Cam Reddish, Duke — Can a player who is the third-leading scorer on his college team be a lottery pick? Yes, sir. Reddish, a small forward, scored 22 points in the season-opening win over Kentucky, but he was overshadowed by Barrett and Williamson. He will have his moments this season and could become one of those players whose pro career is better than his college career.
Quentin Grimes, Kansas — The Garland, Texas, native, who debuted with 21 points in a win over Michigan State, is projected as a point guard at the next level. NBA teams love point guards with size. Grimes could become a top-five pick with a strong season.
Keldon Johnson, Kentucky — Johnson scored 23 points in 30 minutes in the Wildcats’ loss to Duke. The 6-6 swingman will continue to flourish on the big stage. John Calipari didn’t recruit Johnson to stay for more than one year, and he has the look of a one-and-done player who will be much better in March.
De’Andre Hunter, Virginia — Hunter is a sophomore who missed Virginia’s stunning NCAA Tournament loss to Maryland-Baltimore County last season with a broken wrist. He won’t put up eye-popping numbers because he plays in Tony Bennett’s methodical system, but Hunter could turn into a physical defender and rebounder as a combo forward. He’s a player scouts love because of his skill set and grit.
Pistons’ Brown remembers roots
Bruce Brown knew he was taking a chance. The shooting guard had played in just 19 games as a sophomore at the University of Miami. Yet he felt prepared enough by the Hurricanes’ coaching staff, led by Jim Larranaga (father of Celtics assistant Jay), to enter the draft.
Finally healthy after foot surgery, Brown, a Boston native, had improved his stock in NBA Draft workouts and was projected perhaps to jump into the late first round. He fell to 42nd into the lap of the Detroit Pistons, and they are ecstatic. Brown already has worked himself into the rotation. In his first game at TD Garden, the Wakefield High product scored a season-high 10 points in 13 minutes in helping Detroit rally late. The Celtics prevailed, 108-105.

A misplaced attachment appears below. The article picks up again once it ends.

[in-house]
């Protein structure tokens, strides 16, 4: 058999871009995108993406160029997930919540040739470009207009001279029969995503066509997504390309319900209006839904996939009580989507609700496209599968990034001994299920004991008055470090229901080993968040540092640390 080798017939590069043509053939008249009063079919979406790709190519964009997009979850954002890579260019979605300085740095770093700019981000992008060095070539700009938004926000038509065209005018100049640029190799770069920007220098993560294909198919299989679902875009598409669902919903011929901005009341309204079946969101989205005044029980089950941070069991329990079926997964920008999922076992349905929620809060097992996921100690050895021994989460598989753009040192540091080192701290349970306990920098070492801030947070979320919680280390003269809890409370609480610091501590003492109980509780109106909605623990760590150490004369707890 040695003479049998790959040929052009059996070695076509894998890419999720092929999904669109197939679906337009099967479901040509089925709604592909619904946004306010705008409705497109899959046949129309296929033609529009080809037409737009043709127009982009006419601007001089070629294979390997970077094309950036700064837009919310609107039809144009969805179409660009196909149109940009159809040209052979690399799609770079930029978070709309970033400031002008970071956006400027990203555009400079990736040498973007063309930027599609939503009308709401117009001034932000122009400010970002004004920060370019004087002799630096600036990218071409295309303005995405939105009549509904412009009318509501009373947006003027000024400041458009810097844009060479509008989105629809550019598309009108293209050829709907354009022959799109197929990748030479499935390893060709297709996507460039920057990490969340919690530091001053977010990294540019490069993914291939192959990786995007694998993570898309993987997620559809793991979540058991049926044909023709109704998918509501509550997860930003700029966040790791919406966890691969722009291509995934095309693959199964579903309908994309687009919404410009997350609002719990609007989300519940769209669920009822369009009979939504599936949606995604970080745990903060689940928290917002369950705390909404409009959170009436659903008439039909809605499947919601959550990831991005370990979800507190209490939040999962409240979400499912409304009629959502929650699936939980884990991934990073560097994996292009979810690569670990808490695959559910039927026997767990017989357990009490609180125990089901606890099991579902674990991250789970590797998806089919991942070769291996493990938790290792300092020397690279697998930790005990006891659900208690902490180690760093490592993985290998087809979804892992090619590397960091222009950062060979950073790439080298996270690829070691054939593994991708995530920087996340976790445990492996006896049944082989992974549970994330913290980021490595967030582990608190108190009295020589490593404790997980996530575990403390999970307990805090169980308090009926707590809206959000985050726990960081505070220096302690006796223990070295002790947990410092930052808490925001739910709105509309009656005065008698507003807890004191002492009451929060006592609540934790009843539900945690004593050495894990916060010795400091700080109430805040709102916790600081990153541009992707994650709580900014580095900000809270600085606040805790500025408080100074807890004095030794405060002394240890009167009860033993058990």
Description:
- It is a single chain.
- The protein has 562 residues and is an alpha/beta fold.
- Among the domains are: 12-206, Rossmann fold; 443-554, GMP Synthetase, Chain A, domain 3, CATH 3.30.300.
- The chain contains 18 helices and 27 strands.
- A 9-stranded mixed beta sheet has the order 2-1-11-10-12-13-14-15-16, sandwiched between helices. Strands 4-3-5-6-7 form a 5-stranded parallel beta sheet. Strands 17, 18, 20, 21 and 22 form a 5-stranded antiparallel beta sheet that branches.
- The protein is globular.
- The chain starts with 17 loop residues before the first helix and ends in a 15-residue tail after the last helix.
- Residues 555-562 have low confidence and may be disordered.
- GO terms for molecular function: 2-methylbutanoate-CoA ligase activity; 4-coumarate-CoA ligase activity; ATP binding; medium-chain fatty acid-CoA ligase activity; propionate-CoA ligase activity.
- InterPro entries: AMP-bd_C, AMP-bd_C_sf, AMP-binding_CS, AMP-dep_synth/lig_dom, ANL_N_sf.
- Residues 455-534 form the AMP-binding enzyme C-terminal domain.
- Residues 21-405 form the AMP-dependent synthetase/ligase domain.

For Brown, who spent his last two years of high school at Vermont Academy, it was a thrill to come home.
“It was kind of crazy and it feels weird being on the floor,” he said. “I’m used to sitting up in the nosebleeds watching the game. I was telling all [my teammates] that. I remember one game when Kobe Bryant was playing here, I sat in [section] 324 in the last row, watching him go off.
“I’m just reflecting on my past, watching games here.”
There is a sense of pride when Boston-area players return home. Players such as Shabazz Napier, Wayne Selden, Nerlens Noel, and Pat Connaughton have come back to TD Garden and beamed when they walked on the parquet. Brown is the latest local talent to join the club.
“We’ve got a lot of people in the league from Boston, like Wayne, Shabazz, Nerlens,” said Brown. “I think for me, it shows that people from the city can make it out here to this stage because obviously a lot of people haven’t made it from Boston.”
What has perhaps hurt Boston’s reputation is the pipeline of talented players who bolt area schools for prep schools in Vermont, Maine, New Hampshire, or Connecticut. Some become top college prospects, such as Brown, who was a five-star prospect and ranked 26th in his class by ESPN.
“Go to prep school and never forget where you came from, that was the big thing for me,” he said. “When I did leave the city, I knew where I came from and I always remembered. I always had to take drives down memory lane because I remember when I lived in Miami I lived in a beautiful area and I kind of forgot that edge I had to me. So I had to take drives down roads where it would remind me of my home and get that chip back on my shoulder.”